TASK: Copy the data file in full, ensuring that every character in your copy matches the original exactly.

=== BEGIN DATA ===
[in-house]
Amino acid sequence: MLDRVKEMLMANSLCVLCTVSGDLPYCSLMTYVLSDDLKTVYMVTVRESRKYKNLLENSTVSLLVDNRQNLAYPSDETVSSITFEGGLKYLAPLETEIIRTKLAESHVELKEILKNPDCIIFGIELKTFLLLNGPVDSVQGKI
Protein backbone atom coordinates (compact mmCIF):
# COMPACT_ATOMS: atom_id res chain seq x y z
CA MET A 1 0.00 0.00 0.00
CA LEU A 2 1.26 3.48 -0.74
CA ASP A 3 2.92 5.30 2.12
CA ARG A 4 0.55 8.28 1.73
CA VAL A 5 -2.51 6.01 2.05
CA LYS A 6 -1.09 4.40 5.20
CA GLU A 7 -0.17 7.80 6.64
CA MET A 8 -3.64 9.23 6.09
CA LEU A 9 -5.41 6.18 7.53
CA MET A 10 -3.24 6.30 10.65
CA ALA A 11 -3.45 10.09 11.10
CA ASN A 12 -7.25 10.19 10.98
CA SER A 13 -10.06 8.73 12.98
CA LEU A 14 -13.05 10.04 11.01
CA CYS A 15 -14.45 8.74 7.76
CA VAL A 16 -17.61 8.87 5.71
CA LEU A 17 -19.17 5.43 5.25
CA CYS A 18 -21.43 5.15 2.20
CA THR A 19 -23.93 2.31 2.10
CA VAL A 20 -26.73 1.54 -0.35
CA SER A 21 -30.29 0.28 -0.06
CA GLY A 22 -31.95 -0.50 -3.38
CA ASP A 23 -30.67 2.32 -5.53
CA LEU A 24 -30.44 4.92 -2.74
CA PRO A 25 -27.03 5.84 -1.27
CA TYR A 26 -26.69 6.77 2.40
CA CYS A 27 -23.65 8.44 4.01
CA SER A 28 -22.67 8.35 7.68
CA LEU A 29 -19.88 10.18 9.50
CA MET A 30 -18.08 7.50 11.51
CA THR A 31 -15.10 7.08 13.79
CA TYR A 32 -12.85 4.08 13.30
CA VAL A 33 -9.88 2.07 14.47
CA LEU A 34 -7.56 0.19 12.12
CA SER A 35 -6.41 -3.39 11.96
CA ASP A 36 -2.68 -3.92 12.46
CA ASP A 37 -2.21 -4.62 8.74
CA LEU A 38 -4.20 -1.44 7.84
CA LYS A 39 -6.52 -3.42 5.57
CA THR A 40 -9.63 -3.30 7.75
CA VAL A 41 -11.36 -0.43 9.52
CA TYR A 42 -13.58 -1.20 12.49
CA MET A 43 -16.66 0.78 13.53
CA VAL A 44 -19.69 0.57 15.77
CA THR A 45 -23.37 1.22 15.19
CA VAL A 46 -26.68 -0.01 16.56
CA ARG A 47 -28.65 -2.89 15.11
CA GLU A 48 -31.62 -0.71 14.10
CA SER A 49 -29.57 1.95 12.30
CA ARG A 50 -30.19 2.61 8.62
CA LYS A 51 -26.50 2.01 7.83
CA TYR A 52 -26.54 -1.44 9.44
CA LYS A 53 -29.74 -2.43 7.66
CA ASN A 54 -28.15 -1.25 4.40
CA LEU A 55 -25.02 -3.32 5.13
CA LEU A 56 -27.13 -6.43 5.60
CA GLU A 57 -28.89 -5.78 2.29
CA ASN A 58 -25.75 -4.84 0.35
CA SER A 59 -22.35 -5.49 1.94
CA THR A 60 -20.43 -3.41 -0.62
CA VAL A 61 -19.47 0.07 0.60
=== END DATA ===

[in-house]
Amino acid sequence: MLDRVKEMLMANSLCVLCTVSGDLPYCSLMTYVLSDDLKTVYMVTVRESRKYKNLLENSTVSLLVDNRQNLAYPSDETVSSITFEGGLKYLAPLETEIIRTKLAESHVELKEILKNPDCIIFGIELKTFLLLNGPVDSVQGKI
Protein backbone atom coordinates (compact mmCIF):
# COMPACT_ATOMS: atom_id res chain seq x y z
CA MET A 1 0.00 0.00 0.00
CA LEU A 2 1.26 3.48 -0.74
CA ASP A 3 2.92 5.30 2.12
CA ARG A 4 0.55 8.28 1.73
CA VAL A 5 -2.51 6.01 2.05
CA LYS A 6 -1.09 4.40 5.20
CA GLU A 7 -0.17 7.80 6.64
CA MET A 8 -3.64 9.23 6.09
CA LEU A 9 -5.41 6.18 7.53
CA MET A 10 -3.24 6.30 10.65
CA ALA A 11 -3.45 10.09 11.10
CA ASN A 12 -7.25 10.19 10.98
CA SER A 13 -10.06 8.73 12.98
CA LEU A 14 -13.05 10.04 11.01
CA CYS A 15 -14.45 8.74 7.76
CA VAL A 16 -17.61 8.87 5.71
CA LEU A 17 -19.17 5.43 5.25
CA CYS A 18 -21.43 5.15 2.20
CA THR A 19 -23.93 2.31 2.10
CA VAL A 20 -26.73 1.54 -0.35
CA SER A 21 -30.29 0.28 -0.06
CA GLY A 22 -31.95 -0.50 -3.38
CA ASP A 23 -30.67 2.32 -5.53
CA LEU A 24 -30.44 4.92 -2.74
CA PRO A 25 -27.03 5.84 -1.27
CA TYR A 26 -26.69 6.77 2.40
CA CYS A 27 -23.65 8.44 4.01
CA SER A 28 -22.67 8.35 7.68
CA LEU A 29 -19.88 10.18 9.50
CA MET A 30 -18.08 7.50 11.51
CA THR A 31 -15.10 7.08 13.79
CA TYR A 32 -12.85 4.08 13.30
CA VAL A 33 -9.88 2.07 14.47
CA LEU A 34 -7.56 0.19 12.12
CA SER A 35 -6.41 -3.39 11.96
CA ASP A 36 -2.68 -3.92 12.46
CA ASP A 37 -2.21 -4.62 8.74
CA LEU A 38 -4.20 -1.44 7.84
CA LYS A 39 -6.52 -3.42 5.57
CA THR A 40 -9.63 -3.30 7.75
CA VAL A 41 -11.36 -0.43 9.52
CA TYR A 42 -13.58 -1.20 12.49
CA MET A 43 -16.66 0.78 13.53
CA VAL A 44 -19.69 0.57 15.77
CA THR A 45 -23.37 1.22 15.19
CA VAL A 46 -26.68 -0.01 16.56
CA ARG A 47 -28.65 -2.89 15.11
CA GLU A 48 -31.62 -0.71 14.10
CA SER A 49 -29.57 1.95 12.30
CA ARG A 50 -30.19 2.61 8.62
CA LYS A 51 -26.50 2.01 7.83
CA TYR A 52 -26.54 -1.44 9.44
CA LYS A 53 -29.74 -2.43 7.66
CA ASN A 54 -28.15 -1.25 4.40
CA LEU A 55 -25.02 -3.32 5.13
CA LEU A 56 -27.13 -6.43 5.60
CA GLU A 57 -28.89 -5.78 2.29
CA ASN A 58 -25.75 -4.84 0.35
CA SER A 59 -22.35 -5.49 1.94
CA THR A 60 -20.43 -3.41 -0.62
CA VAL A 61 -19.47 0.07 0.60